Should I record on location?

Is field recording the right fit for your show?

“One of the things I really enjoy about field recording, is you can put two actors right next to each other, and they can completely act out the scene. It really incorporates that sense of two actors interacting.” Matthew Boudreau

We welcome back the podcast’s favourite Matthew, Matthew Boudreau of Aural Stage Studios as we spend a couple of episodes expanding on the subject of field and location recording. Matthew will be appearing, along with some other top audio drama folks, at South by Southwest later this month.

“While we were recording Intensive Care, we got permission to use the space at Biddeford Mills, and just as we’re recording this major scene that’s taking place in this like, really intense, quiet operating room, people started moving in across the hall from us.

They’re carrying couches, and leather chairs, and it’s like a psychology office that they’re setting up so there’s all kinds of equipment and shelves and books and materials and stuff that they’re lugging through. And I’m just trying to get Nat Angstrom (the lead actor) to give us a really quiet line.

And that’s actually my biggest complaint. There’s no way to isolate the external noise, and if you’re in a quiet place like Fred (Greenhalgh of FinalRune Productions) then that’s okay cos he’s kinda in the woods, and pretty secluded. There’s going to be some background noise, there’s always some background noise, but it’s a little bit easier.

But I went to gather sound effects, I live in down town Buffalo, and The Cleansed takes place in this post-apocalyptic future in which there’s no machinery, there’s no gasoline. And you open up a mic outside my door anywhere and all you’re going to hear is like turbines and motor engines and it’s really hard to capture that post-apocalyptic flavour when you’re surrounded in sounds.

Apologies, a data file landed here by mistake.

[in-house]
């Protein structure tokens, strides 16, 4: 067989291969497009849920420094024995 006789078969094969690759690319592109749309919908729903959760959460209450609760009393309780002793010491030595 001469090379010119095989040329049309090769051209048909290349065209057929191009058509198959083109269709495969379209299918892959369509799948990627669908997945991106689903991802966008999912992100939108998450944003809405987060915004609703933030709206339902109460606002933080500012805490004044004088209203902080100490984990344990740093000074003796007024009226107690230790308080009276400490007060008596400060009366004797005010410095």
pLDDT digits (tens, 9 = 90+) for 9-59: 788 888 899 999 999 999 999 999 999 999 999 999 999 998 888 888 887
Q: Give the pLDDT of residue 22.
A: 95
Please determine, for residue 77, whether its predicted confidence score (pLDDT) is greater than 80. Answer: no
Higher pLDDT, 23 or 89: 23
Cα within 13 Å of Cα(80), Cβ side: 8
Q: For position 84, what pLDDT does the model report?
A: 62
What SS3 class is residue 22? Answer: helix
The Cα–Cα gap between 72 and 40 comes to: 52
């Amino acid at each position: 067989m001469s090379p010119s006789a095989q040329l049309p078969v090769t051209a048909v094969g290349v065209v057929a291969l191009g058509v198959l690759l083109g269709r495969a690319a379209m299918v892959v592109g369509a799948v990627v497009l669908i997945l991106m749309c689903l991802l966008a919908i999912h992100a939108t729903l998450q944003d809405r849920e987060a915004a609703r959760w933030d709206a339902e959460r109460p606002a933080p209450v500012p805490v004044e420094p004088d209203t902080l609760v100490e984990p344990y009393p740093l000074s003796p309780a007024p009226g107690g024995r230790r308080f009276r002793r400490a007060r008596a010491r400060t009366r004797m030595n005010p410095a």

And for me a studio is a great way to isolate that, but… you lose some of the intimacy. So what happens is I get great sound, I get great people with great voices and great characters behind the mic, but I lose a little bit of that interaction that’s going on.

You’ve kinda got two kinds of scenes. You’ve got scenes where dialogue prevails, and you’ve got scenes where action prevails. And in scene’s where dialogue prevails you really want that voice to come through, and you really want those words to be rich.

Maybe you record that in the studio where everyone’s sitting around the mic and you can hear their articulations very clearly and everything’s coming through very cleanly and very importantly.

And then when you’re talking about scenes where there’s action, where they’re more active, and there’s two people fighting and yelling back and forth and maybe you’d do that in a field recorded kind of situation.”

Elsewhere we look at some feedback from recent episodes, How to create a local audio drama group, and How do I convey thought in audio drama? We unveil our first Sci-fi fictional tour in Edinburgh in partnership with VoiceMap, and that story is loosely adapted from the newly released audio drama Time is Money (warning, strong language).

Find us on Twitter, Facebook, Instagram, and get in touch via email at podcast@audiodramaproduction.com

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